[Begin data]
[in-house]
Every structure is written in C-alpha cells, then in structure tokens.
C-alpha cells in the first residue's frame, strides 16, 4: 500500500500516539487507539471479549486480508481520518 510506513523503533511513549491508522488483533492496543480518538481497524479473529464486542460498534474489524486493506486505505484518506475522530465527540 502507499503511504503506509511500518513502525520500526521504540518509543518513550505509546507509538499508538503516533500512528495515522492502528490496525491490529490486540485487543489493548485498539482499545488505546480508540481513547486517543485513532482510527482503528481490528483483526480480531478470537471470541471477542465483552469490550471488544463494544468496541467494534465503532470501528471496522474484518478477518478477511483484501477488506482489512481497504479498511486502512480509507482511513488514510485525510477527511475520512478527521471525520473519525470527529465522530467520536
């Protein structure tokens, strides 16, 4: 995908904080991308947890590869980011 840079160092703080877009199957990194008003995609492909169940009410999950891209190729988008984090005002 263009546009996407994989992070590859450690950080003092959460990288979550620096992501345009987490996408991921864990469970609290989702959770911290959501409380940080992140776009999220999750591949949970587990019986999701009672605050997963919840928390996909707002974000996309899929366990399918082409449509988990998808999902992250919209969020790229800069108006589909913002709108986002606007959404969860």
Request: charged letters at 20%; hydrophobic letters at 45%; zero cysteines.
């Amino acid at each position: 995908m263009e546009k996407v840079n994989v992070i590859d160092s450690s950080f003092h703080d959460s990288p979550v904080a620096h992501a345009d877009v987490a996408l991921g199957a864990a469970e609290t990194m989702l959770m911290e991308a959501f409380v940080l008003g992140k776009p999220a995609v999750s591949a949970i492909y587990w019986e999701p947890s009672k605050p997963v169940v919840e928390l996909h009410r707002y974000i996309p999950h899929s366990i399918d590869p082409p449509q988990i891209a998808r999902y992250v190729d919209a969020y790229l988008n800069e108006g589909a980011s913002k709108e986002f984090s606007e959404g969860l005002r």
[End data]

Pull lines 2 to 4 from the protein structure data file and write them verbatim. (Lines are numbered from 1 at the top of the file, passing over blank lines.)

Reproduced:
Every structure is written in C-alpha cells, then in structure tokens.
C-alpha cells in the first residue's frame, strides 16, 4: 500500500500516539487507539471479549486480508481520518 510506513523503533511513549491508522488483533492496543480518538481497524479473529464486542460498534474489524486493506486505505484518506475522530465527540 502507499503511504503506509511500518513502525520500526521504540518509543518513550505509546507509538499508538503516533500512528495515522492502528490496525491490529490486540485487543489493548485498539482499545488505546480508540481513547486517543485513532482510527482503528481490528483483526480480531478470537471470541471477542465483552469490550471488544463494544468496541467494534465503532470501528471496522474484518478477518478477511483484501477488506482489512481497504479498511486502512480509507482511513488514510485525510477527511475520512478527521471525520473519525470527529465522530467520536
């Protein structure tokens, strides 16, 4: 995908904080991308947890590869980011 840079160092703080877009199957990194008003995609492909169940009410999950891209190729988008984090005002 263009546009996407994989992070590859450690950080003092959460990288979550620096992501345009987490996408991921864990469970609290989702959770911290959501409380940080992140776009999220999750591949949970587990019986999701009672605050997963919840928390996909707002974000996309899929366990399918082409449509988990998808999902992250919209969020790229800069108006589909913002709108986002606007959404969860």